Smoking and physical inactivity increase cancer prevalence in BRCA-1 and BRCA-2 mutation carriers: results from a retrospective observational study (LIBRE 1 Study)
09 May 2017 (online)
Prospective studies in sporadic breast cancer demonstrate a significant influence of lifestyle and socioeconomic status on cancer risks. The aim of this study was to investigate whether harmful lifestyle factors such as nicotine and alcohol abuse, obesity and physical inactivity, as well as a low socioeconomic status could increase cancer prevalence in a cohort of BRCA 1 and 2 mutation carriers.
The analysis data came from 68 participants of the lifestyle intervention study LIBRE-1, a randomized, prospective trial that aimed to analyse the feasibility of a lifestyle modification in BRCA 1 and 2 mutation carriers. At study entry factors such as medical history, lifestyle behaviour and socioeconomic status were retrospectively documented by interview and the actual BMI was determined by clinical examination. The baseline measurements were compared within the cohort.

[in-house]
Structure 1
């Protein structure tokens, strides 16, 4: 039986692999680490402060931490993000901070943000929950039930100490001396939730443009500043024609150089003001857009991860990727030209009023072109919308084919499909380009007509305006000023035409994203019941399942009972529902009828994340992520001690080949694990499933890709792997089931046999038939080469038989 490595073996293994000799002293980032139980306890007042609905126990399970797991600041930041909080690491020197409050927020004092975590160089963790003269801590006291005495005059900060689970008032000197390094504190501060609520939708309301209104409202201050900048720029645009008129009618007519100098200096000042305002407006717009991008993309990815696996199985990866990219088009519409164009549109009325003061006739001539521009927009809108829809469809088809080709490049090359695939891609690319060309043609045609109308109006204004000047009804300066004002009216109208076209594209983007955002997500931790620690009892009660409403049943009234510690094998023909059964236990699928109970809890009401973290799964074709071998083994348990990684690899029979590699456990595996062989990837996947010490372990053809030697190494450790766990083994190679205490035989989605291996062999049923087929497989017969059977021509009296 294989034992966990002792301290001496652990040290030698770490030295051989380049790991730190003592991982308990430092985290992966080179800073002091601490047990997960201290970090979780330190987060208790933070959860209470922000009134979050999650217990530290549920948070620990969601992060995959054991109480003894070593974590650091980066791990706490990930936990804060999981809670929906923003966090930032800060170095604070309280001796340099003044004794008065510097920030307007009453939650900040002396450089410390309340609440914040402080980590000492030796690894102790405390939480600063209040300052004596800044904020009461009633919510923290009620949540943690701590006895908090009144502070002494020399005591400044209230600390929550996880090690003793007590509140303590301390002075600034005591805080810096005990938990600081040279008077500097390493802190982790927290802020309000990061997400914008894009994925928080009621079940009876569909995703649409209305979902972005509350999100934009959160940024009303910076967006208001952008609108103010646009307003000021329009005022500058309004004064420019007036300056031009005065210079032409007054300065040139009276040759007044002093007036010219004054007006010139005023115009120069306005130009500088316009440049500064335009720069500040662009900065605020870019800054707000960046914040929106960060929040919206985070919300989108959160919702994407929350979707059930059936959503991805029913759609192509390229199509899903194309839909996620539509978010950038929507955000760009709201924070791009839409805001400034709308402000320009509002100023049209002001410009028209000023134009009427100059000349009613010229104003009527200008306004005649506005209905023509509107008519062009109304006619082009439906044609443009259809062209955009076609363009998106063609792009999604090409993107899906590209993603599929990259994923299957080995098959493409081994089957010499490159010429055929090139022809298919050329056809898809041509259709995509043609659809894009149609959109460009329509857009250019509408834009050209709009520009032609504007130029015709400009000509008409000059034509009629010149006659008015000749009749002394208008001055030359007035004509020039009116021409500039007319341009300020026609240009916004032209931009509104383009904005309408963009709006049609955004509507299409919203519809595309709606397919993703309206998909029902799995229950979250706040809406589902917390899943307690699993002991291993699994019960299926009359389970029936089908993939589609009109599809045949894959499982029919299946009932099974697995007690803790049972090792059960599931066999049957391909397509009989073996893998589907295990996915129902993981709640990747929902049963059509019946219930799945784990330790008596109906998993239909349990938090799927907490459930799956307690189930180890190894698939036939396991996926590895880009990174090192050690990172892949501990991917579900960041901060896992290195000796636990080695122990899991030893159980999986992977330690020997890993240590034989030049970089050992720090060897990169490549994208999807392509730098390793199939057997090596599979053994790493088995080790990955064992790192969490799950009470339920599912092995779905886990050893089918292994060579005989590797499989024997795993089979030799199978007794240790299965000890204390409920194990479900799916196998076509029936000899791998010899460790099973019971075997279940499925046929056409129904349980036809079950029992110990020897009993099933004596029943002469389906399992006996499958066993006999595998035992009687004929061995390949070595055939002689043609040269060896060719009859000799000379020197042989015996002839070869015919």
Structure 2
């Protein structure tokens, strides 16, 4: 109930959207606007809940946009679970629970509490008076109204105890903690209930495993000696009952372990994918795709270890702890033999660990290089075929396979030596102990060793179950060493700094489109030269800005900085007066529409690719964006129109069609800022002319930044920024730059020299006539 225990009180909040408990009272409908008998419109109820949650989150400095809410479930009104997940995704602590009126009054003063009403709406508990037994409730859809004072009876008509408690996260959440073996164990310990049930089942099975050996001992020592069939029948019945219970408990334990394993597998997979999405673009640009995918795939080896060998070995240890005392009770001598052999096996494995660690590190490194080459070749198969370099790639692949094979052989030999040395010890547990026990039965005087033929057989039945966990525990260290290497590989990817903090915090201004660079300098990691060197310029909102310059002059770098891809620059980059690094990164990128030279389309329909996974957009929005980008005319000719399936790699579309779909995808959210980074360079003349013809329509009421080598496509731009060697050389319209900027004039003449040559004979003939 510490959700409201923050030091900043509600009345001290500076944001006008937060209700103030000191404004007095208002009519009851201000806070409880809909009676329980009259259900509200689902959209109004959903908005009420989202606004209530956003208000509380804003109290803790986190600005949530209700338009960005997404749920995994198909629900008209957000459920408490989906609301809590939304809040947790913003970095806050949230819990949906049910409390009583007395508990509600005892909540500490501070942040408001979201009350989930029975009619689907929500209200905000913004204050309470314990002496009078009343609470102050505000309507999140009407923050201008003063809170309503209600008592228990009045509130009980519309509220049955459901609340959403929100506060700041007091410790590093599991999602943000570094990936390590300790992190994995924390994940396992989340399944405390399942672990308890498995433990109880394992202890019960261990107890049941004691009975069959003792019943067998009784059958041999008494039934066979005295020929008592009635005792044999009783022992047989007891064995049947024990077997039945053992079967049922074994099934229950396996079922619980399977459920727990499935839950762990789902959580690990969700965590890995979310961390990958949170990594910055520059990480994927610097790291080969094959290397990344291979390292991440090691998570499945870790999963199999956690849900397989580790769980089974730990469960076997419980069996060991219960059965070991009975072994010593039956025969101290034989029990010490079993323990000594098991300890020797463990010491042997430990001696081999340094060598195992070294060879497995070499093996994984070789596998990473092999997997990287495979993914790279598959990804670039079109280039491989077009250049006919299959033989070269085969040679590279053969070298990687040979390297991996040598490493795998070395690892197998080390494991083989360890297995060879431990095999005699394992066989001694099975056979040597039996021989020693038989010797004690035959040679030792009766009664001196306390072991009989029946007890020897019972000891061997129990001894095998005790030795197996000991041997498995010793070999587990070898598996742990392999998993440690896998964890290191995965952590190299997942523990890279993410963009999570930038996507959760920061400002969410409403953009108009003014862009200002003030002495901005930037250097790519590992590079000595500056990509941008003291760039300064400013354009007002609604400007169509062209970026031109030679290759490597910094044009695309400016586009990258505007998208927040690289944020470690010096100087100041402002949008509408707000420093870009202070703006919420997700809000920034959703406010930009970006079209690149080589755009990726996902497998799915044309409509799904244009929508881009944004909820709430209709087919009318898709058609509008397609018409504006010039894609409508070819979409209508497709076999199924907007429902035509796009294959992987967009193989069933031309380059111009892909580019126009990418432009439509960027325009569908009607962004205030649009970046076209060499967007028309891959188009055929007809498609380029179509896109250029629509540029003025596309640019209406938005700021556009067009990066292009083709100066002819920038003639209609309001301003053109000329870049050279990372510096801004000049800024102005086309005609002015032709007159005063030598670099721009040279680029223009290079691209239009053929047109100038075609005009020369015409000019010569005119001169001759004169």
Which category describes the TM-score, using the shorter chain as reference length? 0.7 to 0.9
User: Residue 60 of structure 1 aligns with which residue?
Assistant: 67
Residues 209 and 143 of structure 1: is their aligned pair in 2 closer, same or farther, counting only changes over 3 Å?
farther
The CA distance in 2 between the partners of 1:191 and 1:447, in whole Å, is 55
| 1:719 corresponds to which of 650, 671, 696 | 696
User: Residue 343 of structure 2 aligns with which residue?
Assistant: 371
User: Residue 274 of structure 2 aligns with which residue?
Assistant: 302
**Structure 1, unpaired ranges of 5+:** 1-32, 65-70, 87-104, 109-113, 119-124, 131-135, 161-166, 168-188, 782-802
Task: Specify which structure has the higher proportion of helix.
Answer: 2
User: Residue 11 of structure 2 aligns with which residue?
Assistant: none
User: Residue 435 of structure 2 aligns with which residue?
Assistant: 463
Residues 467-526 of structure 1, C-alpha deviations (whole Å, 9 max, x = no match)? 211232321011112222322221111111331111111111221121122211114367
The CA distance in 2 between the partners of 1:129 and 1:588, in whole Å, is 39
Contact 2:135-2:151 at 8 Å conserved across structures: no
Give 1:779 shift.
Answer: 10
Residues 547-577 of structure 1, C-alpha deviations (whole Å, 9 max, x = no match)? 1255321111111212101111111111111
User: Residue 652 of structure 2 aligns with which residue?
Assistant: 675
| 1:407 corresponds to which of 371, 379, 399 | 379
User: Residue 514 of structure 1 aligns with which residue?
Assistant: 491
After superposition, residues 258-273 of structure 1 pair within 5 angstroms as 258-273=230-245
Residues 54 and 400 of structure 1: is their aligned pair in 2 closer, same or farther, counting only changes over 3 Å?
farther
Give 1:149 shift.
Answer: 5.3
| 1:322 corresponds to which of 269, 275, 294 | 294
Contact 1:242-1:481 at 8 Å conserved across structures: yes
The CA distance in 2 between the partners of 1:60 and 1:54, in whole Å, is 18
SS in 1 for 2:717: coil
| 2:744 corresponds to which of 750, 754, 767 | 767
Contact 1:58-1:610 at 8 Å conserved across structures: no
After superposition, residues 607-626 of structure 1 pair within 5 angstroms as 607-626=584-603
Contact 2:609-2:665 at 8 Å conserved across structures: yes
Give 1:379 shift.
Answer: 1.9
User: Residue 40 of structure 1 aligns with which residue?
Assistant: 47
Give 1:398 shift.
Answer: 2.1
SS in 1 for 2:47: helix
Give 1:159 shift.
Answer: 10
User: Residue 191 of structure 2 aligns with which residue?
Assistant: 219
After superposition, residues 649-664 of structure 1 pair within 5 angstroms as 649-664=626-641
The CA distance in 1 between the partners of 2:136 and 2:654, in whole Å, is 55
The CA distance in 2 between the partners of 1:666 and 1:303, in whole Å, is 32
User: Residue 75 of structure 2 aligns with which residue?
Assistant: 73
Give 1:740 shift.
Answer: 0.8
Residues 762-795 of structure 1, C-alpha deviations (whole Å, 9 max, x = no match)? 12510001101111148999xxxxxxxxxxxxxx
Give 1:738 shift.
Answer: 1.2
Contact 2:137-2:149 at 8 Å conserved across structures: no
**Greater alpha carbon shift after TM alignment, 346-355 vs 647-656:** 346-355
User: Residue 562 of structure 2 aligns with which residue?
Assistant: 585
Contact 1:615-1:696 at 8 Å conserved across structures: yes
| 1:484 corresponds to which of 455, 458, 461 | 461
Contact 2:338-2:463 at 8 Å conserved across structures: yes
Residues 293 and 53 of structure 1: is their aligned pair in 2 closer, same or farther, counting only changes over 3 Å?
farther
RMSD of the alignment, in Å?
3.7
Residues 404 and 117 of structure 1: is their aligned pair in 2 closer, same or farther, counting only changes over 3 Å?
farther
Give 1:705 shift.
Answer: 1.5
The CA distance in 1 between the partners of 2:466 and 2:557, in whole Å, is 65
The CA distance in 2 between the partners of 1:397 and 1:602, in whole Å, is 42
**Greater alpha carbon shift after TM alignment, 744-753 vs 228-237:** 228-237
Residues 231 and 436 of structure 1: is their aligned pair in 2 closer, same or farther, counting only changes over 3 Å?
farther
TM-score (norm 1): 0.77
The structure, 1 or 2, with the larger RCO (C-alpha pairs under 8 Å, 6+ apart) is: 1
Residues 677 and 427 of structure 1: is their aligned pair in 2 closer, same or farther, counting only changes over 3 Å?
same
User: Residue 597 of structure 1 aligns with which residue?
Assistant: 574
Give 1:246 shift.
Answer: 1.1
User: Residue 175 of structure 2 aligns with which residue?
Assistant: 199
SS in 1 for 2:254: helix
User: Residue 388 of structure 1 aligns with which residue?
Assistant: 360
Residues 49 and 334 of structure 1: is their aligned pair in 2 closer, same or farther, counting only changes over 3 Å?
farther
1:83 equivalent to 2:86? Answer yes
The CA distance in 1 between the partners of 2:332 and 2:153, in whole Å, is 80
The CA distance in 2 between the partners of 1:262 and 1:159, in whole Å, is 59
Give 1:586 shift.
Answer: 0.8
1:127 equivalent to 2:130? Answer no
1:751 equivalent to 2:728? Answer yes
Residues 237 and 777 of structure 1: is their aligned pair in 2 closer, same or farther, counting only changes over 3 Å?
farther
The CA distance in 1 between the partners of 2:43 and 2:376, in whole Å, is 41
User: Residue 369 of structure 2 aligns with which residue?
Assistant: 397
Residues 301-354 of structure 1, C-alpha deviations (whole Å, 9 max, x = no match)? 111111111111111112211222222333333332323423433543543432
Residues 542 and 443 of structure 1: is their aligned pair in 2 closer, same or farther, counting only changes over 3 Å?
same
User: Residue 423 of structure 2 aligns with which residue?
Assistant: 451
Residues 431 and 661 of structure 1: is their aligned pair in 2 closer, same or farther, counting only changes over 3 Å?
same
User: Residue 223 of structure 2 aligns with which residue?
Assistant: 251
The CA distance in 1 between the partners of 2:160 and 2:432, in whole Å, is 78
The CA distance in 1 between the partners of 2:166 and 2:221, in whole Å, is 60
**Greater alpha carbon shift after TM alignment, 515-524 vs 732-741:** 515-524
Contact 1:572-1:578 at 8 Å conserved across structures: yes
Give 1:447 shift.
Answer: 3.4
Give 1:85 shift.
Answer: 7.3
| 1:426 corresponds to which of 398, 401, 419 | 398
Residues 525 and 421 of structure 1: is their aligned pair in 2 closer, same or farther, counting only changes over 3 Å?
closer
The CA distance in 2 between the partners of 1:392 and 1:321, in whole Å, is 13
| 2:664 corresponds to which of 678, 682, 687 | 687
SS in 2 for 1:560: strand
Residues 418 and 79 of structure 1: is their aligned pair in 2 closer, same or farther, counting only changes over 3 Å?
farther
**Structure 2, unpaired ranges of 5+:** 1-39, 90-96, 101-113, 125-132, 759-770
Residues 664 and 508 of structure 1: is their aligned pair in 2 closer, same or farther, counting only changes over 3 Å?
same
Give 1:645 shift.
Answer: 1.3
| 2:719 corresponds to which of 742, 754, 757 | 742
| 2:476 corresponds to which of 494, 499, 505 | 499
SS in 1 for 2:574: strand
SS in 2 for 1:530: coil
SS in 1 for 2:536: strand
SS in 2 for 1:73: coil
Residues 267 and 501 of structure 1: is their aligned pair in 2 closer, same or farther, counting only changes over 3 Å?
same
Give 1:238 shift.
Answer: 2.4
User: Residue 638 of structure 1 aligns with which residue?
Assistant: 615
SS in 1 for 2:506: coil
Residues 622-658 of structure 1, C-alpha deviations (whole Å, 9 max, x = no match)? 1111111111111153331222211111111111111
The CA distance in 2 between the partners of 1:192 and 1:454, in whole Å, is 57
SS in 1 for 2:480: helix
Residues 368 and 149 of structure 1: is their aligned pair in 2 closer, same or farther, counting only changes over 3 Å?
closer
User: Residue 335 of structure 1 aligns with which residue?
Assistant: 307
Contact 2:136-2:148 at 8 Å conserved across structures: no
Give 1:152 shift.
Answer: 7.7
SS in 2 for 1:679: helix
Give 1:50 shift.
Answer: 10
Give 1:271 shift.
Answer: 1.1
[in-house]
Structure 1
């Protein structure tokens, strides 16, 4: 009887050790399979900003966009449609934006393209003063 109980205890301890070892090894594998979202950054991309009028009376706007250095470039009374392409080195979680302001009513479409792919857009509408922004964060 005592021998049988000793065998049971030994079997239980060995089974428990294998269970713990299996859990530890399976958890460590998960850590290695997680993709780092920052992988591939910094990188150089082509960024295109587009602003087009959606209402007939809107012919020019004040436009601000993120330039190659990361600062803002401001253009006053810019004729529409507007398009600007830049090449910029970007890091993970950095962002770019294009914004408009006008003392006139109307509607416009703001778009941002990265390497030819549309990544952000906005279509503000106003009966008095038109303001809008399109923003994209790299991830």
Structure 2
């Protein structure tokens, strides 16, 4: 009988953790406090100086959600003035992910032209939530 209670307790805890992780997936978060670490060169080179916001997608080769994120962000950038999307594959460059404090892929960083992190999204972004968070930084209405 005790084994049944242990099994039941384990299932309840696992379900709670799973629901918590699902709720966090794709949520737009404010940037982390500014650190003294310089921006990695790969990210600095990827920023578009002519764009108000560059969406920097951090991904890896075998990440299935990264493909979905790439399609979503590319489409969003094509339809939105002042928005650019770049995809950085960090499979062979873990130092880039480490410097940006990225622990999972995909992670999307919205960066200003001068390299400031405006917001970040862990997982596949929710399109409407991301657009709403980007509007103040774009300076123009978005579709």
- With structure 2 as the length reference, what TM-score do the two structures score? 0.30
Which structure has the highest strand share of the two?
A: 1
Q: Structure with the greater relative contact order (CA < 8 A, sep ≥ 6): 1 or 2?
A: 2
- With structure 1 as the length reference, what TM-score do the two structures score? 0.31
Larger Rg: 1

Study participants indicating a higher physical activity during their adolescence showed a statistically significant lower cancer prevalence (p = 0.019). A significant increase in cancer occurrence was observed in present and former BRCA positive smokers compared to non-smokers (p < 0.001). Diseased mutation carriers tended to have a lower BMI compared to healthy mutation carriers, whereas last-mentioned revealed a significantly higher physical activity level (p = 0.046). Emphasizing socioeconomic background study participants showed a very high educational level and outstanding net income compared to the German reference group without statistical significance.
Even within this small cohort of 68 women we could demonstrate that smoking and low physical activity during adolescence significantly increased cancer prevalence in BRCA 1 and 2 positive women.